Banks across Japan began selling certain life insurance policies Tuesday as the government expanded the scope of insurance products they can sell as part of its financial deregulation steps.

Among the new types of products that banks can sell is individual annuity insurance, a kind of life insurance.

Banking industry officials said each of the four major banking groups — Mizuho Holdings Inc., Mitsubishi Tokyo Financial Group Inc., UFJ Holdings Inc. and Sumitomo Mitsui Banking Corp. — plans to sell up to 100 billion yen worth of life insurance policies a year, with commission fees ranging from 3 percent to 5 percent.

The latest measure brought full liberalization of sales of insurance products by banks a step closer, following initial deregulation in April 2001 that allowed lenders to sell limited types of nonlife products.

The Financial Services Agency listed three types of nonlife insurance products and one type of life insurance policy when it first opened the doors for banks to conduct over-the-counter sales of insurance products.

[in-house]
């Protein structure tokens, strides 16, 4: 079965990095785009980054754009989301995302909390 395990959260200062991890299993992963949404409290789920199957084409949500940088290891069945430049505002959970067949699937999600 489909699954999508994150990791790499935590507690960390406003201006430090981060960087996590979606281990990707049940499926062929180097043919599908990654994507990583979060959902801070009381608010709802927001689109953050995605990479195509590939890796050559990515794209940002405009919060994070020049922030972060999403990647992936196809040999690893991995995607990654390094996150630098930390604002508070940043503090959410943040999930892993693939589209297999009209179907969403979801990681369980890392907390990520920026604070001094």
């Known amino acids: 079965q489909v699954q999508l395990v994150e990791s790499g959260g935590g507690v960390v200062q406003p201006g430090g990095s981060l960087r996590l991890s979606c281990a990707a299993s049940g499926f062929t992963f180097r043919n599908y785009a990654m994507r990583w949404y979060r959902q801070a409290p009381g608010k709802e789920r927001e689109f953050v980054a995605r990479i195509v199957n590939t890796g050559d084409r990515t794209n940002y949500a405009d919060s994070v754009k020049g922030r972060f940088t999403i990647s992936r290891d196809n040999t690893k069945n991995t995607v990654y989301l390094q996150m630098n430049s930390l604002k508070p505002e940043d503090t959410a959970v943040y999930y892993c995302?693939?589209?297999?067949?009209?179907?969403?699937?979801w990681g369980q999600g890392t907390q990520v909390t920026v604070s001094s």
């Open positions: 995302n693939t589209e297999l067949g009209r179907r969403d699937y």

However, special conditions attached had made it effectively impossible for banks to sell the life insurance product.

The three nonlife insurance policies that banks have been allowed to sell since April 2001 are long-term fire insurance linked to housing loans, overseas travelers’ personal accident insurance and debt-repayment insurance.

The FSA also allowed securities subsidiaries of banks to sell life insurance products starting Tuesday, so banks can sell the new products in cooperation with their securities units.

Banks want the government to further expand the types of insurance they can sell, but insurers are opposed to further advances by banks into their business territory.

A senior official at one of the four banking groups said, “We want to make our over-the-counter sales of insurance products a success so we can one day become an integrated financial services group” with banking, insurance and brokerage units.

The FSA will decide by the end of fiscal 2003 whether to further liberalize sales of insurance products by banks.